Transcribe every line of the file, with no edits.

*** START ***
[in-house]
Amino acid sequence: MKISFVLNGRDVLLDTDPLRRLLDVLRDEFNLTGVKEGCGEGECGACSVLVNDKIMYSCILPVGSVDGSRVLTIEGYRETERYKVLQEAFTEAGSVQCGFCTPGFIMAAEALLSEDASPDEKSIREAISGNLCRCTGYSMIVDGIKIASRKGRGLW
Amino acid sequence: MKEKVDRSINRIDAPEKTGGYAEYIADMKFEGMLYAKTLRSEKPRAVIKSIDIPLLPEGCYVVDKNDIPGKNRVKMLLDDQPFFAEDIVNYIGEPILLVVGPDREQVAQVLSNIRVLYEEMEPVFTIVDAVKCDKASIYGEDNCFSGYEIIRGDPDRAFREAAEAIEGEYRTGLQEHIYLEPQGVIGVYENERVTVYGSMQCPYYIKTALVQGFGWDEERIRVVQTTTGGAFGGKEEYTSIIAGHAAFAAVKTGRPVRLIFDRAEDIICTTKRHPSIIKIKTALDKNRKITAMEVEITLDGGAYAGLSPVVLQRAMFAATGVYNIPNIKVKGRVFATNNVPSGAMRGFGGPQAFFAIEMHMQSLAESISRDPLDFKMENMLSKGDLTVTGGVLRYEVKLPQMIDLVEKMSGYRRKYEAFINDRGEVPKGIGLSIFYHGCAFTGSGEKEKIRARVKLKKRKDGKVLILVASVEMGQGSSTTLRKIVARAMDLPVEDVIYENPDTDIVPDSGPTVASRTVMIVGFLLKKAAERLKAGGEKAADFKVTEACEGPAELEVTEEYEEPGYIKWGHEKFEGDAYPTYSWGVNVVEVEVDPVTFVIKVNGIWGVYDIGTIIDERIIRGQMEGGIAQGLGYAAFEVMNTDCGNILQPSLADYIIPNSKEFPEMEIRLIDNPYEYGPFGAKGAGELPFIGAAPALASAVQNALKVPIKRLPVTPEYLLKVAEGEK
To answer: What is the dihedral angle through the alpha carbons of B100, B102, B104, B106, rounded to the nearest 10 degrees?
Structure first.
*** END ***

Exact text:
[in-house]
Amino acid sequence: MKISFVLNGRDVLLDTDPLRRLLDVLRDEFNLTGVKEGCGEGECGACSVLVNDKIMYSCILPVGSVDGSRVLTIEGYRETERYKVLQEAFTEAGSVQCGFCTPGFIMAAEALLSEDASPDEKSIREAISGNLCRCTGYSMIVDGIKIASRKGRGLW
Amino acid sequence: MKEKVDRSINRIDAPEKTGGYAEYIADMKFEGMLYAKTLRSEKPRAVIKSIDIPLLPEGCYVVDKNDIPGKNRVKMLLDDQPFFAEDIVNYIGEPILLVVGPDREQVAQVLSNIRVLYEEMEPVFTIVDAVKCDKASIYGEDNCFSGYEIIRGDPDRAFREAAEAIEGEYRTGLQEHIYLEPQGVIGVYENERVTVYGSMQCPYYIKTALVQGFGWDEERIRVVQTTTGGAFGGKEEYTSIIAGHAAFAAVKTGRPVRLIFDRAEDIICTTKRHPSIIKIKTALDKNRKITAMEVEITLDGGAYAGLSPVVLQRAMFAATGVYNIPNIKVKGRVFATNNVPSGAMRGFGGPQAFFAIEMHMQSLAESISRDPLDFKMENMLSKGDLTVTGGVLRYEVKLPQMIDLVEKMSGYRRKYEAFINDRGEVPKGIGLSIFYHGCAFTGSGEKEKIRARVKLKKRKDGKVLILVASVEMGQGSSTTLRKIVARAMDLPVEDVIYENPDTDIVPDSGPTVASRTVMIVGFLLKKAAERLKAGGEKAADFKVTEACEGPAELEVTEEYEEPGYIKWGHEKFEGDAYPTYSWGVNVVEVEVDPVTFVIKVNGIWGVYDIGTIIDERIIRGQMEGGIAQGLGYAAFEVMNTDCGNILQPSLADYIIPNSKEFPEMEIRLIDNPYEYGPFGAKGAGELPFIGAAPALASAVQNALKVPIKRLPVTPEYLLKVAEGEK
To answer: What is the dihedral angle through the alpha carbons of B100, B102, B104, B106, rounded to the nearest 10 degrees?
Structure first.